Asian vultures have undergone a catastrophic decline in recent decades, with populations crashing by as much as 99%. In India and Nepal, four of nine vulture species are Critically Endangered, largely as a result of poisoning by a drug commonly used to treat livestock, diclofenac. The Conservation Leadership Programme (CLP) funded projects in both Nepal, in 2010 and 2013, and India, in 2016, to improve the outlook for these overlooked species. In March this year, a CLP Learning Exchange brought a project team member from each country together to share their knowledge.
Khima Nand Balodi, who led a project to assess the population status and threats facing vultures in Uttarakhand, India, in 2016, visited Bhupal Nepali, who was part of a team working to strengthen Vulture Safe Zones in Nawalparasi, in 2010, and to enhance community-based conservation in western Nepal in 2013. Here, Khima shares his Learning Exchange experiences.
As part of my CLP’s Future Conservationist Award my team and I have been conducting field surveys to assess the population status of several vulture species. We have also been trying to fully understand what is threatening vultures in the lowland of Uttarakhand state, which is a potential site for a Vulture Safe Zone (VSZ). I’m interested in this work because vultures play a crucial role within ecosystems, by eating carrion and helping prevent the spread of disease. But they also suffer from being maligned and misunderstood, which has hindered their survival.
I spent my first few days in Nepal learning about the work being done by Bird Conservation Nepal (BCN), with Krishna Bhusal in Kathmandu. Krishna was also part of the 2013 CLP project team alongside Bhupal Nepali, and is now BCN’s Vulture Conservation Program Officer. Nepal has initiated successful in-situ vulture conservation interventions, such as community-managed Vulture Safe Zones, and the declaration of Diclofenac Free Districts, both of which emphasise the importance of cooperation between multiple stakeholders. We discussed the work we’re involved with in our respective countries, including my ongoing CLP project, and came up with a plan for the rest of the trip so I could learn as much as possible about what’s been effective in Nepal.
I then headed west to Butwal to join Bhupal, who had arranged for us to meet with lots of different people and organisations over the next few days. We met with para-vet associations, and with government officials from the veterinary and forestry departments, who are concerned about vulture conservation. We spoke with community forestry associations about their role in monitoring nests and raising awareness, and with vulture restaurant (special sites where carcasses are left out to feed vultures) management committees about their work in ensuring safe food is available. We met district livestock service officers and pharmacists to discuss the use of diclofenac and alternative drugs, and also held discussions about transboundary issues relating to drug use and monitoring in cases where safe zones span the India-Nepal border. Everyone shared a lot of information with me and I found it all very useful.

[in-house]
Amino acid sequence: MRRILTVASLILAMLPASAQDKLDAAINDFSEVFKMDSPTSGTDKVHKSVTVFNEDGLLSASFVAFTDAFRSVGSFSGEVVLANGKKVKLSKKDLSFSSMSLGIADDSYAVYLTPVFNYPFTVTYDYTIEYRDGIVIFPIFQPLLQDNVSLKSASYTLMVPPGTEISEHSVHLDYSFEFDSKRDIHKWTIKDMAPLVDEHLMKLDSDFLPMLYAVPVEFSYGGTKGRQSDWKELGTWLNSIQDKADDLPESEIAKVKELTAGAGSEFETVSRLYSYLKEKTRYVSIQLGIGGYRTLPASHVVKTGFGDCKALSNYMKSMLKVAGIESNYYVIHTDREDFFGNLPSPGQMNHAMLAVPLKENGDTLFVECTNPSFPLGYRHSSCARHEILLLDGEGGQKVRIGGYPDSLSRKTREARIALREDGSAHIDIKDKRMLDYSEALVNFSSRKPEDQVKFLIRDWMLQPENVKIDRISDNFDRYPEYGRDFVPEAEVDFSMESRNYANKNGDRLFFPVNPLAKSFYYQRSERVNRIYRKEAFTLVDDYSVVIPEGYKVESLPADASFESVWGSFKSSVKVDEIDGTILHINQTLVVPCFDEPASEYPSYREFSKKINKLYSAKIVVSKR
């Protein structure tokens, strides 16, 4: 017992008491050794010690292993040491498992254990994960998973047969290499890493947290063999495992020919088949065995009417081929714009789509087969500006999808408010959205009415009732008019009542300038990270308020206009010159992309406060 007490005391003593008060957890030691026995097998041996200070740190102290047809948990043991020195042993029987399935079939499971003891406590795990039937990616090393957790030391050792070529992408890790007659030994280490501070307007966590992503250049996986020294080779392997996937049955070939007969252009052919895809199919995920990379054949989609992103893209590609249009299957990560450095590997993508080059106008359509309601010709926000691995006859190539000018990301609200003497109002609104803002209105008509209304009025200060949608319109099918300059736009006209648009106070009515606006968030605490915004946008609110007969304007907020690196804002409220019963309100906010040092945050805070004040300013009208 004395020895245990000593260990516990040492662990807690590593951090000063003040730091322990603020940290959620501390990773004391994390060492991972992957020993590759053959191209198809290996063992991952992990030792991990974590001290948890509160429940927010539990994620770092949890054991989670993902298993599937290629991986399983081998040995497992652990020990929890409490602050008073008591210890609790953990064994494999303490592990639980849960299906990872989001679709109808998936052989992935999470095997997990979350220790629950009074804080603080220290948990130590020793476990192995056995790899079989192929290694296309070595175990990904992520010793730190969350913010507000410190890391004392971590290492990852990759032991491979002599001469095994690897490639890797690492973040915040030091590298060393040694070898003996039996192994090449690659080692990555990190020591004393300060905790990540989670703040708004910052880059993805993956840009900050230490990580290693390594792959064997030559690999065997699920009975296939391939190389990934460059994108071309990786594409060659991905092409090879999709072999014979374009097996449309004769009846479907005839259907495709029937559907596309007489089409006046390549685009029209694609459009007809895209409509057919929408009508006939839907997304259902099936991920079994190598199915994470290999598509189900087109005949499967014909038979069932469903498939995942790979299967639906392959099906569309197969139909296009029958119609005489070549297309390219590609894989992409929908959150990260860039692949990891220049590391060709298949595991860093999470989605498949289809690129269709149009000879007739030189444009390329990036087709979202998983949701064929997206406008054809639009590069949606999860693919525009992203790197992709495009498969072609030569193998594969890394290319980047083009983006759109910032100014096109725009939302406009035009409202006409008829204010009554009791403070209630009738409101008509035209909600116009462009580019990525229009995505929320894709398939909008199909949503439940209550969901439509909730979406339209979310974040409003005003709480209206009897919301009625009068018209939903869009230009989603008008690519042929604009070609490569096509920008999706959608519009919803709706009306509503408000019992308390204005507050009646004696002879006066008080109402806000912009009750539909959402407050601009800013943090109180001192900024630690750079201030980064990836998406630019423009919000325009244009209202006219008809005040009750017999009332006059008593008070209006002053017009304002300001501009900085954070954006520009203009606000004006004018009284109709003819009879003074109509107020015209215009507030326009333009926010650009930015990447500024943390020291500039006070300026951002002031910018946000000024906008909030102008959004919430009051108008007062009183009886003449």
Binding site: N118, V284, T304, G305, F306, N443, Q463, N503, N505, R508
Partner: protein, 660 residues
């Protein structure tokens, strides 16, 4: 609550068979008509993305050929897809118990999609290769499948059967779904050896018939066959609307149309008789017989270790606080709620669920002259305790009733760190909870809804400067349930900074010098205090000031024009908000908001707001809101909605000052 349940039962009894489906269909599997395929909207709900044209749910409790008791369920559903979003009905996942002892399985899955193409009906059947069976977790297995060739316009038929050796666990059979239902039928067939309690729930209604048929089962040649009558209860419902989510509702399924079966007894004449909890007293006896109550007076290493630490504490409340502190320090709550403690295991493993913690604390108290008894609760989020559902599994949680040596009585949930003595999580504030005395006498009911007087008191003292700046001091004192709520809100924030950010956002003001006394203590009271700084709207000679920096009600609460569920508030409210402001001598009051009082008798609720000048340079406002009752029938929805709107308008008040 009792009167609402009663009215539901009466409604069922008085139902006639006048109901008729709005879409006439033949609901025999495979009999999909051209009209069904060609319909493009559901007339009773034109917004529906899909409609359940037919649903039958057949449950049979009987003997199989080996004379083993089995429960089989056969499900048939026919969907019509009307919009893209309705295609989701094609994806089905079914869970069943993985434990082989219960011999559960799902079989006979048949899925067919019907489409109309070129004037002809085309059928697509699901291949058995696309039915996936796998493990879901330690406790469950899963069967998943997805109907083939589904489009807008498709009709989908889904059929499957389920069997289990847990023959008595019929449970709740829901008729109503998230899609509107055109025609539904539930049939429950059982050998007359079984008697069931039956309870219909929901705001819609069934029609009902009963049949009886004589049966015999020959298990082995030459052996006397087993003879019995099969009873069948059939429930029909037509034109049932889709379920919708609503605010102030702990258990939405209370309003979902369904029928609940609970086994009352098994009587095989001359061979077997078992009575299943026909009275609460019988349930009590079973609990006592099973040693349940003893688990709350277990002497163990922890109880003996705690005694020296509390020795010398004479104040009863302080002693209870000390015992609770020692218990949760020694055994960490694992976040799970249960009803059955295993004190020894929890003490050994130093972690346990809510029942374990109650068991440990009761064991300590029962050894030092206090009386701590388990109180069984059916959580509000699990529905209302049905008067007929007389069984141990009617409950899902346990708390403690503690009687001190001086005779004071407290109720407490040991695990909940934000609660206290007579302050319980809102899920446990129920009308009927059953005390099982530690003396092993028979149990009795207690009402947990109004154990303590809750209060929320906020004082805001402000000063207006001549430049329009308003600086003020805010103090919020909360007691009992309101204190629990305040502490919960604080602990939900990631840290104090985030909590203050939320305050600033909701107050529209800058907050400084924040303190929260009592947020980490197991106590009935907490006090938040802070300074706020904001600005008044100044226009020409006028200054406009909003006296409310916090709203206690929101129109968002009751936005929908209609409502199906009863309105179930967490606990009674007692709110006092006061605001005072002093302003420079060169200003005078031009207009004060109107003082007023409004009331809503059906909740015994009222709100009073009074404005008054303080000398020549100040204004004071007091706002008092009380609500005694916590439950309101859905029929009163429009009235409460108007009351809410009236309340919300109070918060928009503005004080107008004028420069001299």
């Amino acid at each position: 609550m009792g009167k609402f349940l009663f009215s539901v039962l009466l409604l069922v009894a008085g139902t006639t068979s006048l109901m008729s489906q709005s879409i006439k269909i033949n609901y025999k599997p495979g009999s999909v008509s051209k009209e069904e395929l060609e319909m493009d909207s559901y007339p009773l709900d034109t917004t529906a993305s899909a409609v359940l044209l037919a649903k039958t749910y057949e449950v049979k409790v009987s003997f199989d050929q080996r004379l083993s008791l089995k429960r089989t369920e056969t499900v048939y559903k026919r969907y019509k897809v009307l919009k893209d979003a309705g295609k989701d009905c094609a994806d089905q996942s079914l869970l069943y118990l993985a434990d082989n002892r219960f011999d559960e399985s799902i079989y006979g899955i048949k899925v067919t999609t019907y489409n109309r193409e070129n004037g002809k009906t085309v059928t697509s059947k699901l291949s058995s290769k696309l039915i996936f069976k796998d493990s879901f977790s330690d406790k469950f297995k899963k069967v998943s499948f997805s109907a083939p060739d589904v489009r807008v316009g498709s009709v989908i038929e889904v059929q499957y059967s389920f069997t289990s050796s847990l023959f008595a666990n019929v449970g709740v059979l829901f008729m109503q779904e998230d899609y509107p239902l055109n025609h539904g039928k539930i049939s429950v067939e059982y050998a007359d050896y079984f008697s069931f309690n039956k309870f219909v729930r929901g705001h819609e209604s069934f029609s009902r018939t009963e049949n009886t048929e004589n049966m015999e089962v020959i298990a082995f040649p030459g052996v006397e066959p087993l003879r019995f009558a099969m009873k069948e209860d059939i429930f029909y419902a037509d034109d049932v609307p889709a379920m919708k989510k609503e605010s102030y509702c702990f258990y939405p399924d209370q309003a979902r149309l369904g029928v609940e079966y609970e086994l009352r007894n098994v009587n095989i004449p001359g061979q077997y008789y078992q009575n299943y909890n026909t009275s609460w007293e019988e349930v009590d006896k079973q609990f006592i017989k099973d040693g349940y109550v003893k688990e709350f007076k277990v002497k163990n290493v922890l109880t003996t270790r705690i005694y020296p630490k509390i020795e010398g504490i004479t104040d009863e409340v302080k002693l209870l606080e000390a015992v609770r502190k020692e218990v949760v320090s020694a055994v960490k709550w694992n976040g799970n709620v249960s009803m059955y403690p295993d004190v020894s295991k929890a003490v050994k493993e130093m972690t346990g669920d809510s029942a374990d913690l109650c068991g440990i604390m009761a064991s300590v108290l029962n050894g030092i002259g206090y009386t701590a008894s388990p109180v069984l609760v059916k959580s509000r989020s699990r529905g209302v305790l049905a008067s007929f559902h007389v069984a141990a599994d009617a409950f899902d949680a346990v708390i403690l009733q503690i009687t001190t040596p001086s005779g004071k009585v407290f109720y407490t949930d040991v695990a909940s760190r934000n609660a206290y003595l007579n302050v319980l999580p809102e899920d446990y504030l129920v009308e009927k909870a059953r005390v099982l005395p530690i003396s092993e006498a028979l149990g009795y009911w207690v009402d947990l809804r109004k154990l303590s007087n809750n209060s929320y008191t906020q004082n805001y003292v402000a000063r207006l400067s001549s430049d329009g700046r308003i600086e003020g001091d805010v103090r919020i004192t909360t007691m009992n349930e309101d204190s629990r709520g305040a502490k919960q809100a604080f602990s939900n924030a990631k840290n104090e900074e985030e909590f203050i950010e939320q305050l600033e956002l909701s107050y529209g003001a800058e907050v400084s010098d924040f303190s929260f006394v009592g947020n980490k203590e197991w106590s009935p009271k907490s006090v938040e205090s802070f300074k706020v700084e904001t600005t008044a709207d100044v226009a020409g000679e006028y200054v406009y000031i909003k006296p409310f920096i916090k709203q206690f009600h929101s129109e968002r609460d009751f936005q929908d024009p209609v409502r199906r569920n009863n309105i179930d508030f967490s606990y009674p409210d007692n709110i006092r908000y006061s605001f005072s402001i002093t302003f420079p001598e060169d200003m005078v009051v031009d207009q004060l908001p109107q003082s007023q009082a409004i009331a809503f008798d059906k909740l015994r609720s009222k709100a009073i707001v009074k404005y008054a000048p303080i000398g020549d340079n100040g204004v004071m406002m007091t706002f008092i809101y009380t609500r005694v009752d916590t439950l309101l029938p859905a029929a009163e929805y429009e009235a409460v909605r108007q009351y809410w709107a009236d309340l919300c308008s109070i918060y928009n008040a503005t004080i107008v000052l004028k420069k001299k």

We also visited three safe feeding sites — in Gaindatel, Pithauli and Dhachuk — to observe how these were managed, and a municipal waste site to see how this was run and which species could be found there. Finally, we visited two nesting colonies of the Critically Endangered white-rumped vulture, where we were able to see chicks in the nest.
The Learning Exchange was also useful in deepening my understanding of Nepal’s cultural heritage — for example, we visited Lumbini, the birth place of Buddha — and its close linkages with India. I also gained insight into the potential for using the religious and philosophical connections that vultures have in South Asia in their conservation.
The field visits, and the interactions with different stakeholders, gave me lots of ideas to take back to India, and to use in the advocacy, education and outreach plan I’m developing for Uttarakhand. I ended my trip in Kathmandu, working on that plan from the BCN office, and I’m putting it into action now that I’m back in India. I’m also in the process of organising a meeting about transboundary vulture conservation, to share and discuss these issues further with state institutions in both countries, and working on an action plan for vulture conservation in Uttarakhand state which can be incorporated into the Vulture Conservation Action Plan of India. I am very thankful to CLP for supporting this excellent experience, and for the opportunity to develop a collaboration with BCN team members.
Since returning to India, I have continued with our project work in Uttarakhand. We have collected 100 tissue samples from livestock to assess the use of diclofenac, and we have also recorded very small, scattered populations of two Critically Endangered species, the white-rumped vulture and the red-headed vulture, in Uttarakhand state. But electrocution risk seems to be the major existing threat to these vultures, as we recorded more than 100 dead electrocuted birds, including vultures and steppe eagles, at various carcass dumping sites. These are often situated close to transmission lines, making collisions likely, so we are working to shift all unsafe sites to safer locations.
We have also conducted several meetings with various stakeholders in the state and have organised 15 awareness camps in various districts of Uttarakhand, as per the plan prepared during the learning exchange. To celebrate International Vulture Awareness Day 2017, we are conducting around 20 events in different locations through local NGOs, schools, volunteers and our Vulture Mitra (Friends of the Vulture) initiative.
Thanks to Claire Salisbury for support preparing this blog. Images © Khima Nand Balodi unless otherwise indicated.